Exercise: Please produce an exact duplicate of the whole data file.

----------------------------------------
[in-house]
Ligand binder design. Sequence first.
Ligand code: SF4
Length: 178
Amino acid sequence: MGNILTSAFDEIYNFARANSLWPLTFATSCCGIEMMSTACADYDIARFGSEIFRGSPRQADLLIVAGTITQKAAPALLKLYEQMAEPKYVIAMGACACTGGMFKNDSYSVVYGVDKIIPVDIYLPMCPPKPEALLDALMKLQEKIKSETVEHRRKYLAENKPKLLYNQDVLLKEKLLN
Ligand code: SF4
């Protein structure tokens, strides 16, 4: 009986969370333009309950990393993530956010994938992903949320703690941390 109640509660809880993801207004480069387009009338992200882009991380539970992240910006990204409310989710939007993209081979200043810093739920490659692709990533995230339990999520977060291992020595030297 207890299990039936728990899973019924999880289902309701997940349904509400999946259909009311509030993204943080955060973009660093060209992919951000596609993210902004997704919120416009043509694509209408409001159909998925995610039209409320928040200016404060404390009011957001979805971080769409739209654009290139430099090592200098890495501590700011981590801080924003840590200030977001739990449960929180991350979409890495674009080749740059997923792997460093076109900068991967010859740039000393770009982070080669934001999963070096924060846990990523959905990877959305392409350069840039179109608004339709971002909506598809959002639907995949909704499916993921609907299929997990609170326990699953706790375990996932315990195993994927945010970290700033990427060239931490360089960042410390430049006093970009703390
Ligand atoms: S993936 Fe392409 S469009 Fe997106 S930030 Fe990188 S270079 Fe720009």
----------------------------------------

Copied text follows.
[in-house]
Ligand binder design. Sequence first.
Ligand code: SF4
Length: 178
Amino acid sequence: MGNILTSAFDEIYNFARANSLWPLTFATSCCGIEMMSTACADYDIARFGSEIFRGSPRQADLLIVAGTITQKAAPALLKLYEQMAEPKYVIAMGACACTGGMFKNDSYSVVYGVDKIIPVDIYLPMCPPKPEALLDALMKLQEKIKSETVEHRRKYLAENKPKLLYNQDVLLKEKLLN
Ligand code: SF4
């Protein structure tokens, strides 16, 4: 009986969370333009309950990393993530956010994938992903949320703690941390 109640509660809880993801207004480069387009009338992200882009991380539970992240910006990204409310989710939007993209081979200043810093739920490659692709990533995230339990999520977060291992020595030297 207890299990039936728990899973019924999880289902309701997940349904509400999946259909009311509030993204943080955060973009660093060209992919951000596609993210902004997704919120416009043509694509209408409001159909998925995610039209409320928040200016404060404390009011957001979805971080769409739209654009290139430099090592200098890495501590700011981590801080924003840590200030977001739990449960929180991350979409890495674009080749740059997923792997460093076109900068991967010859740039000393770009982070080669934001999963070096924060846990990523959905990877959305392409350069840039179109608004339709971002909506598809959002639907995949909704499916993921609907299929997990609170326990699953706790375990996932315990195993994927945010970290700033990427060239931490360089960042410390430049006093970009703390
Ligand atoms: S993936 Fe392409 S469009 Fe997106 S930030 Fe990188 S270079 Fe720009």